DEVON, UK. Alexander Mustard / NPL / mediadrumworld.com

By Zoe Cassell

ADORABLE photographs capture a herd of playful seals performing underwater aquatics just off the coast of Devon.

In one image a cute grey seal can be seen clutching a strand of seaweed and giving the camera an inquisitive look, while another shows a seal mid back-flip close to the ocean floor.

DEVON, UK. Alexander Mustard / NPL / mediadrumworld.com

 

These heart-warming snaps were taken by underwater photographer Alexander Mustard (41) from Peterborough, who caught up with the seals on Lundy Island in Devon.

“When the seals are in a playful mood it is tremendous fun,” said Alexander.

DEVON, UK. Alexander Mustard / NPL / mediadrumworld.com

 

“I have found that the best way to attract them in close is to totally ignore them so I like to stare at the seaweed instead.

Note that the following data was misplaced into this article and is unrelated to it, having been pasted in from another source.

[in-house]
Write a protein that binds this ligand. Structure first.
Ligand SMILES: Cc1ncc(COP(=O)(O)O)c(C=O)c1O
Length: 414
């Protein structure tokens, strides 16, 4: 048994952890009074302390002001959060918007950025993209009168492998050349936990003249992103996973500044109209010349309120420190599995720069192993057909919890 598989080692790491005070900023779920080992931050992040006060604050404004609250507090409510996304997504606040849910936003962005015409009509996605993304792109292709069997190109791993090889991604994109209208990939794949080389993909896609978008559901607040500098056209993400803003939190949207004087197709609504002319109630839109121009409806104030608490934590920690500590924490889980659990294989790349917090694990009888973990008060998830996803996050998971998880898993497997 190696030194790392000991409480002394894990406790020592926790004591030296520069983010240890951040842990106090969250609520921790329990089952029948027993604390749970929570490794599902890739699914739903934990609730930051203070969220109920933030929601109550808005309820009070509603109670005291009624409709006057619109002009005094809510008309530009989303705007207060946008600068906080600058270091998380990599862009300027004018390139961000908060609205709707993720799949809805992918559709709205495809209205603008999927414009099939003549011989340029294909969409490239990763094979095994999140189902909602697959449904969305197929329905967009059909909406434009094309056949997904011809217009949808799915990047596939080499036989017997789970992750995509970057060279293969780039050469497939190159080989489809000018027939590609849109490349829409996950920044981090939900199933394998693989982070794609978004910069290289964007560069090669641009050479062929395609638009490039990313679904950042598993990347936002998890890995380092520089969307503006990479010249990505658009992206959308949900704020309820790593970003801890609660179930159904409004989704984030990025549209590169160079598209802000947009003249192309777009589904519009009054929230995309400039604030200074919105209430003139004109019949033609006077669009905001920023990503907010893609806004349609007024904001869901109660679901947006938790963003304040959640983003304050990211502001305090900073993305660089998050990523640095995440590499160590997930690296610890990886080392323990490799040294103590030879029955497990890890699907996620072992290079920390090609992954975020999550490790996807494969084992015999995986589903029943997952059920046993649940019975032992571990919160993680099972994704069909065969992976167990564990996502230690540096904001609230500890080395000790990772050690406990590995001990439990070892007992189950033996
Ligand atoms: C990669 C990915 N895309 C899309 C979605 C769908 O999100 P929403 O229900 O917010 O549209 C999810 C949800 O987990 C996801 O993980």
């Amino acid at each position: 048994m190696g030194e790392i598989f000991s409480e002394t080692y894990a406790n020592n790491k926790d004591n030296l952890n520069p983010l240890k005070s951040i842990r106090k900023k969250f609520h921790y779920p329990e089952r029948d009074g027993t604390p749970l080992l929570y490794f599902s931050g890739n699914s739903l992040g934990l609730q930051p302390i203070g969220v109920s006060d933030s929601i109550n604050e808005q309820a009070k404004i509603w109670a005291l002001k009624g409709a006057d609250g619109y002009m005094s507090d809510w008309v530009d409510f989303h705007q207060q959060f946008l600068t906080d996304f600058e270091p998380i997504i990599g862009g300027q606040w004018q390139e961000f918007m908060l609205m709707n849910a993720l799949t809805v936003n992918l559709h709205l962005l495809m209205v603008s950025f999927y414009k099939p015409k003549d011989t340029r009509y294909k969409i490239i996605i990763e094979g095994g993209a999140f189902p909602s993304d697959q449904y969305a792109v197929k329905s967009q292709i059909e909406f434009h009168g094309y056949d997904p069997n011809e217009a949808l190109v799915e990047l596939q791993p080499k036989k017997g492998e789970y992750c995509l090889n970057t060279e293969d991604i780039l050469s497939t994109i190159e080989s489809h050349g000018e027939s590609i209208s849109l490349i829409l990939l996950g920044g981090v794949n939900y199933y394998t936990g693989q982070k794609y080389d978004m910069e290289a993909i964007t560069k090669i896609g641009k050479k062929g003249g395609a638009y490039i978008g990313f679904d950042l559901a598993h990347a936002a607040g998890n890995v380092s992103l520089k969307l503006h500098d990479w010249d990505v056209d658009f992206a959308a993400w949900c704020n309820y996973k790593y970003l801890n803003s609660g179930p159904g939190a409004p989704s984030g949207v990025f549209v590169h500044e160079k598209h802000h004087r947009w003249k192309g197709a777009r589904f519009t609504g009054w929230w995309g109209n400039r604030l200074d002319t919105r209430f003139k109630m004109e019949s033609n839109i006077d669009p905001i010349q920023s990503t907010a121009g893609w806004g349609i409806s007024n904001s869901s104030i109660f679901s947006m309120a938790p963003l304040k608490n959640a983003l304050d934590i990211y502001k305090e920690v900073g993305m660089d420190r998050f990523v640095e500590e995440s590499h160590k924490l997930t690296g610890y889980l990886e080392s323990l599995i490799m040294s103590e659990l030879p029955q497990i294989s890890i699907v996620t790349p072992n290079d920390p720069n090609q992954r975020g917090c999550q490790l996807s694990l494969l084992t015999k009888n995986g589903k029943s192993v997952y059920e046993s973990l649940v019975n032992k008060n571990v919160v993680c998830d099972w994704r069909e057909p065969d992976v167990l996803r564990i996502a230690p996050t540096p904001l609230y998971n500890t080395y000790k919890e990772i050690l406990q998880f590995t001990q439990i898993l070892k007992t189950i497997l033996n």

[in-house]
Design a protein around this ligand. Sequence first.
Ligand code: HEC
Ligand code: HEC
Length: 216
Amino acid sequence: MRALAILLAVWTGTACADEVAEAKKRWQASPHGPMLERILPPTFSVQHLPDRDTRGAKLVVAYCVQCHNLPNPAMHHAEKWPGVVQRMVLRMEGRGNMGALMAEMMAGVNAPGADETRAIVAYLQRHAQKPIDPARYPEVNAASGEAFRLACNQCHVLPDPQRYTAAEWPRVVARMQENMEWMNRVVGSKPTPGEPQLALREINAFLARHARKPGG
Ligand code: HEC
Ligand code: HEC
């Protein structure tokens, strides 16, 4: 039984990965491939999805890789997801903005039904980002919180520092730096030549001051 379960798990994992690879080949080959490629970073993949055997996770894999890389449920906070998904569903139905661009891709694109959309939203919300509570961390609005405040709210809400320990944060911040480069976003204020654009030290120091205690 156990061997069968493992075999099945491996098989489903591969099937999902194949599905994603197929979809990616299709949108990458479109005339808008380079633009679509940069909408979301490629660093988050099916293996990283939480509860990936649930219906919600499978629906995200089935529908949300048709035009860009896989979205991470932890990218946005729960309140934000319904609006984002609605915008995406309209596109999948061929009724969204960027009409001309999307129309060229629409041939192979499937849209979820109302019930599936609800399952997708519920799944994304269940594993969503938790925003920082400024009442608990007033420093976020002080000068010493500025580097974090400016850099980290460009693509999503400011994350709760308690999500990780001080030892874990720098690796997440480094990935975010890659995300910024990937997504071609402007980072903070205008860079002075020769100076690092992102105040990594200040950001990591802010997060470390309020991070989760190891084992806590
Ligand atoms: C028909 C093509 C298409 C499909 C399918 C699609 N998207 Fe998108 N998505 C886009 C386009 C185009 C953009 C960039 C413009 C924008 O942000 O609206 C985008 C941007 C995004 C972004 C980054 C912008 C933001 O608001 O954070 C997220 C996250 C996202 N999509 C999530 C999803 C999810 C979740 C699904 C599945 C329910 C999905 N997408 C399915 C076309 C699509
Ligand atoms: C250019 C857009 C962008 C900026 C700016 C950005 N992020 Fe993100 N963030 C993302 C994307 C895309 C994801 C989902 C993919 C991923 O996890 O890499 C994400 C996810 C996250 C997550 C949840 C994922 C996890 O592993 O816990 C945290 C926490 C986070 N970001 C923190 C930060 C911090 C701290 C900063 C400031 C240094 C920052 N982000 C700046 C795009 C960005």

“This seems to make them jealous and they soon overcome their shyness.”

DEVON, UK. Alexander Mustard / NPL / mediadrumworld.com

 

Lundy Island is the perfect spot to capture these lively creatures and the island is home to approximately two-hundred grey Atlantic seals.

Other images show the fun-loving seals poking their heads out of the water and peering into the camera lens, some even baring their teeth playfully.

DEVON, UK. Alexander Mustard / NPL / mediadrumworld.com

 

Alexander considers himself lucky to have photographed and interacted with these animals.

“Being accepted by wildlife is always a fulfilling sensation but when the wildlife then chooses to interact with you it is even better,” he explained.

DEVON, UK. Alexander Mustard / NPL / mediadrumworld.com

 

The marine life on Lundy Island has been protected under law since 1986 and previously as a voluntary Marine Nature Reserve since 1973.

“The British seas are full of life, especially in the areas we protect from over exploitation,” Alexander added.

DEVON, UK. Alexander Mustard / NPL / mediadrumworld.com

 

“Lundy is a great example of this and it is one of the reasons that there is a healthy population of these amazing marine mammals there now.”

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